Log Homes and Energy Efficiency

Find appliance parts, free repair help, maintenance tips, recall information, and more.

Resources & Repair

Appliance Accessories
Appliance Repair Manuals

Appliance Parts

By Type

Air Conditioner Parts
Dishwasher Parts
Dryer Parts
Freezer Parts
Oven Parts
Range Parts
Refrigerator Parts
Stove Parts
Washing Machine Parts

By Brand

Amana Parts
Frigidaire Parts
GE Parts
Jenn Air Parts
Kenmore Parts
Maytag Parts
Sears Parts
Whirlpool Parts

Log Homes and Energy Efficiency

Back to the Appliance Repair resource page.


Log homes may be handmade on site or pre-cut in a factory for delivery to the site. Pre-cut log home kits have been produced since 1923. Some log home manufacturers can also customize their designs. Wall thickness' range from 6-16 inches (15.2-40.6 cm). However, even though such thickness sounds impressive and the log industry enthusiastically promotes the energy efficiency of log buildings there is considerable dispute as to their energy efficiency. The dispute originates from two points: The R-value of the wood and how tightly the logs fit together.

The R-Value of Wood

An R-value (Btu/ft2/hour/oF) is the rating of a material's resistance to heat flow. The R-value for wood ranges between 1.41 per inch (2.54 cm) for most softwoods to 0.71 for most hardwoods. Ignoring the benefits of the thermal mass, a six inch (15.24 cm) thick log wall would have a clearwall (a wall with no windows or doors) R-value of just over 8. Compared to a conventional wood stud wall [3? inches (8.89 cm) insulation, sheathing, wallboard, a total of about R-14] the log wall is apparently a far inferior insulation system. Based only on this, log walls do not satisfy most building code energy standards. However, to what extent a log building interacts with it's surroundings depends greatly on the climate. Because of the log's heat storage capability it's large mass may cause the walls to behave considerably better in some climates than in others.

Logs act like "thermal batteries" and can, under the right circumstances, store heat during the day and gradually release it at night. This generally increases the apparent R-value of a log by 0.1 per inch of thickness in mild, sunny climates that have a substantial temperature swing from day to night. Such climates generally exist in the earth's temperate zones between the 15th and 40th parallels.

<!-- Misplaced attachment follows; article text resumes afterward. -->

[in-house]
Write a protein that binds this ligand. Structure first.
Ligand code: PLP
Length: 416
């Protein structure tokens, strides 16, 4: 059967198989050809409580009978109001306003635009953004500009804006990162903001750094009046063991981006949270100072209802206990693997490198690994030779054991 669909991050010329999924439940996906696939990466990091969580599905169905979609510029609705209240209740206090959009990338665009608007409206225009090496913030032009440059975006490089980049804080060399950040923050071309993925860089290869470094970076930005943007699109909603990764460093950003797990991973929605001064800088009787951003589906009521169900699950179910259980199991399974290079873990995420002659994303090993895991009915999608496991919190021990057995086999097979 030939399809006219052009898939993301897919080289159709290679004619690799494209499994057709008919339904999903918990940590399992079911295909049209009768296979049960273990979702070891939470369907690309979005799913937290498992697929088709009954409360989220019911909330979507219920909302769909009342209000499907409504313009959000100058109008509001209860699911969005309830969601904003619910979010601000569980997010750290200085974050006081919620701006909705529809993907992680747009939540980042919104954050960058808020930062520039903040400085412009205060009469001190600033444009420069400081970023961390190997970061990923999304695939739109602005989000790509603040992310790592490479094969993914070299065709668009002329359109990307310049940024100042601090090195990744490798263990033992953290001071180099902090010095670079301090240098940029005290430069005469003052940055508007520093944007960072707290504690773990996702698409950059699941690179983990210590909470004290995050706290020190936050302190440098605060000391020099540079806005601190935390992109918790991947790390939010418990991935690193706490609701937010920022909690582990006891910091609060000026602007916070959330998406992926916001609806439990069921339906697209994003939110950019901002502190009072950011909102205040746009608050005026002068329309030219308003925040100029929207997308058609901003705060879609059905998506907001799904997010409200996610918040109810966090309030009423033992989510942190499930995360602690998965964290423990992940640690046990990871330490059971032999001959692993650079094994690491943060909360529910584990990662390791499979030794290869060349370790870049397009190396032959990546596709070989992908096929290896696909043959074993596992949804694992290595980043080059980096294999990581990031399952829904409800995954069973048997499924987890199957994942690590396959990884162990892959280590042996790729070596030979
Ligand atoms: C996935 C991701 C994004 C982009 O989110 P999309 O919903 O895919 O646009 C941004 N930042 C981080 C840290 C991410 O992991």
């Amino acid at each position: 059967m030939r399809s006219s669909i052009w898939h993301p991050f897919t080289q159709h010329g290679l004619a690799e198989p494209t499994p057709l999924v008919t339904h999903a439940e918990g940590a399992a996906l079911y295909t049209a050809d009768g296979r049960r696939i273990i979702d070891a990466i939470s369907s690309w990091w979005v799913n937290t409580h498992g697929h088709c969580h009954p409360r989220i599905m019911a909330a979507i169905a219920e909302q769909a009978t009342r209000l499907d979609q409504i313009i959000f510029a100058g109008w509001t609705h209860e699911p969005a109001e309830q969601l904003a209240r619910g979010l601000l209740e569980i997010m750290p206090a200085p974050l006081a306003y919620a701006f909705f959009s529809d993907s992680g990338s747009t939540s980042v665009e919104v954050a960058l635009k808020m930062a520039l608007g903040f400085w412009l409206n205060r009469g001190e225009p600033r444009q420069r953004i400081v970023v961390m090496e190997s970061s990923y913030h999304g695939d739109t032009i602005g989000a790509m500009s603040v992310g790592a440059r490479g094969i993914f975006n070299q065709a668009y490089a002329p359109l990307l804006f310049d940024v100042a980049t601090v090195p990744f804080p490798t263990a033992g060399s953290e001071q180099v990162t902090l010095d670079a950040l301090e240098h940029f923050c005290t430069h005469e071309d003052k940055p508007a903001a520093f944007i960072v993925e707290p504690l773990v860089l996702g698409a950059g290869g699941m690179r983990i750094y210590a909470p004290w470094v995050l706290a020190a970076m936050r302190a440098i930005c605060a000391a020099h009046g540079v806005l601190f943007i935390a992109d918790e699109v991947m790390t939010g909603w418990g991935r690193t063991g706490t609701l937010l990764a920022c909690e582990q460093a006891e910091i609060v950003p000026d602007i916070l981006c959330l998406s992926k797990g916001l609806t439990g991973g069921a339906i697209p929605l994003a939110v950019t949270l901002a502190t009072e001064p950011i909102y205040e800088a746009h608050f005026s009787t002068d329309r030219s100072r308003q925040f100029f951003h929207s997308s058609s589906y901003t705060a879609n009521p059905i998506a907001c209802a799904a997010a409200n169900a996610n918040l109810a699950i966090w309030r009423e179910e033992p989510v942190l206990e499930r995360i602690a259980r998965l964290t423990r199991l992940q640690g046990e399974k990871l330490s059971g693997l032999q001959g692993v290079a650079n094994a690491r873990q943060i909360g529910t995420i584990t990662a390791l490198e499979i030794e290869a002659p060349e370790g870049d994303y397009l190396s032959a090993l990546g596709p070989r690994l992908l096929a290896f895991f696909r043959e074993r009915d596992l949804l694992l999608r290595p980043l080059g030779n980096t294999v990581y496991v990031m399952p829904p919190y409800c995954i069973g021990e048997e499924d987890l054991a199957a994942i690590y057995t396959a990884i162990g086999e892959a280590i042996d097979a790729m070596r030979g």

Air Leakage

Log houses are susceptible to developing air leaks. Air-dried logs are still about 15%-20% water when the house is assembled. As the logs dry over the next few years, the logs shrink. The contraction (and expansion - see below) of the logs opens up gaps between the logs, creating air leaks and causing drafts and high heating requirements.

To minimize problems like these, logs should be seasoned (dried in a protected space) for at least six months before construction begins. The best woods to use to avoid this problem, in order of effectiveness, are cedar, spruce, pine, fir, and larch. Since most manufacturers and experienced builders know of these shrinkage and resulting air leakage problems, many will kiln dry the logs prior to finish shaping and installation. Some also recommend using plastic gaskets and caulking compounds to seal gaps. These seals require regular inspection and resealing when necessary.

Water Problems

Since trees absorb large amounts of water as they grow, the tree cells are also able absorb water very readily after the wood has dried. For this reason a log building is very hydroscopic (logs absorb water quickly.) This promotes wood rot and insect infestation. It is strongly advised to protect the logs from contact with any water. One concept is to only build with logs that have had a water proofing-insecticide treatment and applying additional treatments every few years for the life of the house. Generous roof overhangs, properly sized gutters and down spouts, and drainage plains around the house are critical to making the building last.

Code Compliance

Several states, including Pennsylvania, Maine, and South Carolina, have exempted log-walled homes from normal energy compliance regulations. Others, such as Washington, have approved "prescriptive packages" for various sizes of logs. These may or may not make sense in terms of energy efficiency.

Getting Approval

The American Society of Heating, Refrigerating, and Air Conditioning Engineers (ASHRAE) 90.2 standard contains a thermal mass provision that may make it easier to get approval in those states that base their codes on this standard. To find out the log building code standards for your state, contact your city or county building code officials. Your state energy office may be able to provide information on energy codes recommended or enforced in your state. The referrals below are additional sources of information.

As with any structure, properly designed passive solar methods can lower energy use and help you gain approval for a log building that would not otherwise comply with your state energy codes. Factors to consider include:

Consulting a passive solar architect may be worthwhile since the proper sizing of the sun exposed windows is crucial to the efficient performance. Some designers suggest incorporating thermal storage such as masonry floors or walls, to absorb solar energy and increase the thermal mass effect. Some log home manufacturers offer solar log homes, or are able to custom-build them.

Credits: US Department of Energy (http://www.eere.energy.gov/consumerinfo/factsheets/ca8.html)

Real Time Web Analytics